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Portugal have an even better team than the one that won the tournament in 2016. Even at 36, Ronaldo is still banging in goals for fun (he was the top scorer in the Italian Serie A with 29 goals for Juventus). In Manchester United’s Bruno Fernandes, Portugal have one of the best attacking midfielders in the world right now, and Liverpool’s Diogo Jota is a pretty lethal striker himself. The Portugal squad might be on the older side, but as they have proved in 2016, the team thrives on tournament football. But for Portugal, or Germany, another team stocked to the gills with world class talent, any dreams of winning the Euro is contingent on them getting out of Group F. A true ‘group of death’, it also contains France and Hungary. One of Portugal or Germany will have to bow out at the group stage, and it looks likely to be Germany, who haven’t had the best preparations in the run-in. Unless Germany or Poland become one of the four best third-placed finishers.
The other team that believe that they can win the tournament is Belgium. Boasting a golden generation of talent that’s at its peak, Belgium has consistently been ranked the number one team in the world since 2018, and that’s no wonder. A team consisting of Jan Vertonghen, Toby Alderweireld, Thomas Vermaelen in defence, Kevin De Bruyne, Youri Tielsmans and Thorgan Hazard in midfield, and Romelu Lukaku, Eden Hazard and Dries Martens in attack is a world beating team. The Red Devils came close in the 2018 World Cup, only to be edged out 1-0 by eventual champions France in the semi-finals. This might be the last chance for a talented group of footballers to win a major tournament.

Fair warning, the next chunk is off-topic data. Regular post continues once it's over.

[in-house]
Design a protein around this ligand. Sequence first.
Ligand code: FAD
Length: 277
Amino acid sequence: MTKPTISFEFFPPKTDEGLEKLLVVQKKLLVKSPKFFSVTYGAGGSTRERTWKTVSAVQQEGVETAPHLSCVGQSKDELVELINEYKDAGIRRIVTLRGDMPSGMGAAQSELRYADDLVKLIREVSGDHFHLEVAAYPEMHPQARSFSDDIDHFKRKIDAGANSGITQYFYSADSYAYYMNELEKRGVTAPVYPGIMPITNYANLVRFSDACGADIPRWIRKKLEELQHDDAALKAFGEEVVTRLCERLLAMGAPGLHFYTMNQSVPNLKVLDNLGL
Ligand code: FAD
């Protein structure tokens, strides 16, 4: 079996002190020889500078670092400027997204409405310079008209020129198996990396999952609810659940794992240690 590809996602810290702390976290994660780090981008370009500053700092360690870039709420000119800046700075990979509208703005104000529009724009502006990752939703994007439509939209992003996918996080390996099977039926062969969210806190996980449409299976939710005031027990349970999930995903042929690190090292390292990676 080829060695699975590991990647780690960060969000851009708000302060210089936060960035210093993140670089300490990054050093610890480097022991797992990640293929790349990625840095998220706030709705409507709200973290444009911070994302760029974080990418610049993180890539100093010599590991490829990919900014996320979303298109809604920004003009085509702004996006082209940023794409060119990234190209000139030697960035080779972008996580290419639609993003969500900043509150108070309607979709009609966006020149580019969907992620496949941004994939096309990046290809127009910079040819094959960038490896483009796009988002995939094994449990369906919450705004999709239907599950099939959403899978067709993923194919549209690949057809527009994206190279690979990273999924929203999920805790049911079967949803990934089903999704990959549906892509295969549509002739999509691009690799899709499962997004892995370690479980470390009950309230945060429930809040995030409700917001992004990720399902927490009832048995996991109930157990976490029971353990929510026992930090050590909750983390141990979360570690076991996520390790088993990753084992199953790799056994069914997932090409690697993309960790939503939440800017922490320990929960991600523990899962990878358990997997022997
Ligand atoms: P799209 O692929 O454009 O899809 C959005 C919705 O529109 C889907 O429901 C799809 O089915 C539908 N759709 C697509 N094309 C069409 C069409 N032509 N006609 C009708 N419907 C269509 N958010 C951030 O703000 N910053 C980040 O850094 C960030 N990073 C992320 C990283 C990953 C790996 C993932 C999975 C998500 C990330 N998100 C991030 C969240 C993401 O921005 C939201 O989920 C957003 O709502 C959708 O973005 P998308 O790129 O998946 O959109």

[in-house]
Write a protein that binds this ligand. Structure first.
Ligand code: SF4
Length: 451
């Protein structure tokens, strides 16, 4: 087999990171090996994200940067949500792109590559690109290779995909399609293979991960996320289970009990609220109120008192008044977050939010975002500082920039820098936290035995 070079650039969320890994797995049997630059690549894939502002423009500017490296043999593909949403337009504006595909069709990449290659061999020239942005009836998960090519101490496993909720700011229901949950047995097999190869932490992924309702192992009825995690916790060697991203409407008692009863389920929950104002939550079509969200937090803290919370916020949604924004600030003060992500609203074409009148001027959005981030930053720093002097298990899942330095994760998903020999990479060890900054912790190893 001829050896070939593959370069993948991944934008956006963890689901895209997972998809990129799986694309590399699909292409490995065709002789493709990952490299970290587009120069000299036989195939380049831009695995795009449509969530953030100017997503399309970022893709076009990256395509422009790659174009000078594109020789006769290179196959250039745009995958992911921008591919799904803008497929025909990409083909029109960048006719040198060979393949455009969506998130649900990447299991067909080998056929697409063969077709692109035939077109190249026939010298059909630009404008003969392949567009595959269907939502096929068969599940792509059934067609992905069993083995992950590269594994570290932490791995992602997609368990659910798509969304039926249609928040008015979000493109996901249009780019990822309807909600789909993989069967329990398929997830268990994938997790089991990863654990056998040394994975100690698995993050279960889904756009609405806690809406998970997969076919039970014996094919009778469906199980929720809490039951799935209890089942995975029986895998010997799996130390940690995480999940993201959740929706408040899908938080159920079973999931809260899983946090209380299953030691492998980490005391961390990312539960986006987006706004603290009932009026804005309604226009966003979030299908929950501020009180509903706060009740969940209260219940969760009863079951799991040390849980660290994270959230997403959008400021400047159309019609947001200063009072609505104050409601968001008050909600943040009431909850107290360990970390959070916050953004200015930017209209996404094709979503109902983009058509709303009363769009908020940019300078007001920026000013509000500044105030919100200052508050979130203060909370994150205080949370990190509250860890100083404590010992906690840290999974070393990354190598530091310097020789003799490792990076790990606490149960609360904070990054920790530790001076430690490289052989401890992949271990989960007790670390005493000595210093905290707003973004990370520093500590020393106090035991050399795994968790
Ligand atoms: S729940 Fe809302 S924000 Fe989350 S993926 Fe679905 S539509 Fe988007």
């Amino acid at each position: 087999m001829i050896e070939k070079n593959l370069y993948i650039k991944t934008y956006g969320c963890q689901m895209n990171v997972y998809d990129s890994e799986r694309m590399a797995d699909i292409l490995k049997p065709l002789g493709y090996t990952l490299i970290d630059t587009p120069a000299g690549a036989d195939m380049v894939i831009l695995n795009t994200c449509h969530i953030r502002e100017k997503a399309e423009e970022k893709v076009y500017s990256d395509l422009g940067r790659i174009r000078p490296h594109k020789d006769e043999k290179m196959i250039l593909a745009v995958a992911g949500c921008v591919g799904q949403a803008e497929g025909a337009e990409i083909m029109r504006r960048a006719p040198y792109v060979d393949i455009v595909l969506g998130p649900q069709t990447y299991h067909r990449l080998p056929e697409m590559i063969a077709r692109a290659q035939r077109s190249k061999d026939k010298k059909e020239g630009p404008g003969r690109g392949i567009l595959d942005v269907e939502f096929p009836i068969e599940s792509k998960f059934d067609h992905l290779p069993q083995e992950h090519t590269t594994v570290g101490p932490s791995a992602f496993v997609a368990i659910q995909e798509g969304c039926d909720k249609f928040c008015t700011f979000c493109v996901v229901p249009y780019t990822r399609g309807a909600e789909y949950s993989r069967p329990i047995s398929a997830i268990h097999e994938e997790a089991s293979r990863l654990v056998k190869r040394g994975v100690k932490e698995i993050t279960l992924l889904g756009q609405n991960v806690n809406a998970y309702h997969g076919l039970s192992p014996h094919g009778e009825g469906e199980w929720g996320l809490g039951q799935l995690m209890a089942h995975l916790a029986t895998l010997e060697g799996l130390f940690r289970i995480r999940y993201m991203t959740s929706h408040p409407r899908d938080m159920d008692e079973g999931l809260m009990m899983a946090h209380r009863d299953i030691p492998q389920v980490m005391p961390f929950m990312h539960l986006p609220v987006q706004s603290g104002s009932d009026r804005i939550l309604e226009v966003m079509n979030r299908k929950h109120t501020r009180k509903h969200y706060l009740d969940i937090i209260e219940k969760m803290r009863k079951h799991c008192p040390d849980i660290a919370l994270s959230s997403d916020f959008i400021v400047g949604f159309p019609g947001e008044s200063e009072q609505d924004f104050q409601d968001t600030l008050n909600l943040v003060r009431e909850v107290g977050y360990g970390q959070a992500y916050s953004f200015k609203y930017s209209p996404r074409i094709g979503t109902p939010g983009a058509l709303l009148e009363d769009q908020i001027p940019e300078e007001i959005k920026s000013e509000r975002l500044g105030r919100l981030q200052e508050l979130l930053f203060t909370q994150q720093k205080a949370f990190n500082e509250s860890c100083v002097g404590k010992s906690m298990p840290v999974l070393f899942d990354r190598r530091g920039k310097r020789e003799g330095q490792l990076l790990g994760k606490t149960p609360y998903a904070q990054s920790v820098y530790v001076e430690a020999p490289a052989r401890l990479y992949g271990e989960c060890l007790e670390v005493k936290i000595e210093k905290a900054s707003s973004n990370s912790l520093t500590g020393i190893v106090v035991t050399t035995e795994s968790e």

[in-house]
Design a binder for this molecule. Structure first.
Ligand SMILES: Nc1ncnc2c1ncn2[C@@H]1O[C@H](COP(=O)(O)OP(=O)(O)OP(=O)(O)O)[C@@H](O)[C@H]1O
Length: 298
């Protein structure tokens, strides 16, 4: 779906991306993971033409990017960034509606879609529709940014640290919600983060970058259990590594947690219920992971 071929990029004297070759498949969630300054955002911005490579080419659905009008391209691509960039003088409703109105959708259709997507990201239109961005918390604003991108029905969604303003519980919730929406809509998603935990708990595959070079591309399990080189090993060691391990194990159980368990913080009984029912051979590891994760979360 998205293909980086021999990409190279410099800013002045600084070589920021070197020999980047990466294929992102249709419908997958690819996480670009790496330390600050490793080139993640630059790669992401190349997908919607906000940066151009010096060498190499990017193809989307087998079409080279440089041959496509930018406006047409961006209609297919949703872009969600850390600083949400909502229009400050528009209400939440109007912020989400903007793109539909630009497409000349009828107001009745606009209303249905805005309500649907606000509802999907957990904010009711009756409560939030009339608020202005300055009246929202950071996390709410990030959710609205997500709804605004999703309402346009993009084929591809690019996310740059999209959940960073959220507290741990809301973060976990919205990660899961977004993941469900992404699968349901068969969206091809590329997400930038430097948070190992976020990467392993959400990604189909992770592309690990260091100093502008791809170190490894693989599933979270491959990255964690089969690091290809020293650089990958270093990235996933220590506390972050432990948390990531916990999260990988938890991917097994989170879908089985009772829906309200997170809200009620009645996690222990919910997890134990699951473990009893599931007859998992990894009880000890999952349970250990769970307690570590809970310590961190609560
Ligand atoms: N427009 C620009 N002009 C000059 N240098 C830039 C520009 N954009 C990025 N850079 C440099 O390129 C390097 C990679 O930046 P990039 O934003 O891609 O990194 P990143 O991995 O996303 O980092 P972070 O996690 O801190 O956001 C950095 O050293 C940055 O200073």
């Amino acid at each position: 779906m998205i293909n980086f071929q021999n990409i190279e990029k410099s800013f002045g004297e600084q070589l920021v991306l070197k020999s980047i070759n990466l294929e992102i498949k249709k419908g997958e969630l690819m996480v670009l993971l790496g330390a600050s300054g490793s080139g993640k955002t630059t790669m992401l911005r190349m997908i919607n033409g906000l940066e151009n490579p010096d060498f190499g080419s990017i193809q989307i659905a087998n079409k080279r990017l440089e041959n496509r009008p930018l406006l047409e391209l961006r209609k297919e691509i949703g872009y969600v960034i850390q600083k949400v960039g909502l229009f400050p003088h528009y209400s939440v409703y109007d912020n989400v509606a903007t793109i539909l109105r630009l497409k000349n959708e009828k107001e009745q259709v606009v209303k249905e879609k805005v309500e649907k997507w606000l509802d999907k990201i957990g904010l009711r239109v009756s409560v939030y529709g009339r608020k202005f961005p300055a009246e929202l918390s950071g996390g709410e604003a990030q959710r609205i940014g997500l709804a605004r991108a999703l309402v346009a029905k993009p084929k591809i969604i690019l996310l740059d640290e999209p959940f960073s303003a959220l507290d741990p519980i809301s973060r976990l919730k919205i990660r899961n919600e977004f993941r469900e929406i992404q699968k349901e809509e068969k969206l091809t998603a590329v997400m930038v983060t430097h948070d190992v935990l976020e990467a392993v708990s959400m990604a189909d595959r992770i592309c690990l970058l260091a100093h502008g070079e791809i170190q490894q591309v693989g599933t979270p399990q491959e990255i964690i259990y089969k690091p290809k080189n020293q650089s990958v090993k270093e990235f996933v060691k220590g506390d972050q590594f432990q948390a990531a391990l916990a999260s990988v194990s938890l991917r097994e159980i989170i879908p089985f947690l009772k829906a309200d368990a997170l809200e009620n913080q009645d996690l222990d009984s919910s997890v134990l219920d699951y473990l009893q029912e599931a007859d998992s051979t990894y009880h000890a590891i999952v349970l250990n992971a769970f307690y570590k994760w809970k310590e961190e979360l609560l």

The Netherlands and Italy are the dark horses of the tournament. The former will certainly be weakened by the unavailability of the Liverpool centre-back Virgil van Dijk due to injury, while the latter are a workman-like team lacking any real cutting edge. But although both teams are unfancied, stranger things have happened.
A barometer of diversity
Ever since the racist killing of George Floyd in the US in May 2020, an urgent need to reckon with racism has swept the world. It has been felt in European football as well, with Premier League teams taking the knee before every game this past season. The need to denounce racism is of paramount importance in Europe, where right wing, xenophobic, anti-immigration politics has been in the ascendance for over a decade. While people of African and Asian descent have been subjected to egregious ‘stop-and-search’ policing in countries like Spain, Croatia and Austria, in England the harder edge of Brexit supporters have targeted people of colour.
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This, despite the fact that the very same immigration has elevated European football in the past decade. For example, England, France, Portugal, Belgium and the Netherlands—former colonial powers all—have incredibly diverse squads. Many of the star players are second or third generation immigrants, like Belgium’s Romelu Lukaku (who was born to Congolese parents) or France’s N’Golo Kanté (who was born to Malian parents) or England’s Marcus Rashford (whose grandmother was from St. Kitts in the West Indies).
Many of these same players would also point out that most people from their backgrounds continue to get a raw deal across Europe, living in conditions of extreme poverty and frequently subjected to hate-filled racism in their countries. While they feel strongly about Black Lives Matter, European football administration, which is predominantly white, seem to pretend that racism doesn’t exist, and, beyond minor gestures, are only too happy to sweep it under the carpet. As the persistent booing of England players taking the knee by white football fans shows, this tournament could be a lightning rod for issues of tolerance, equality and dignity.
Bring on the Euros!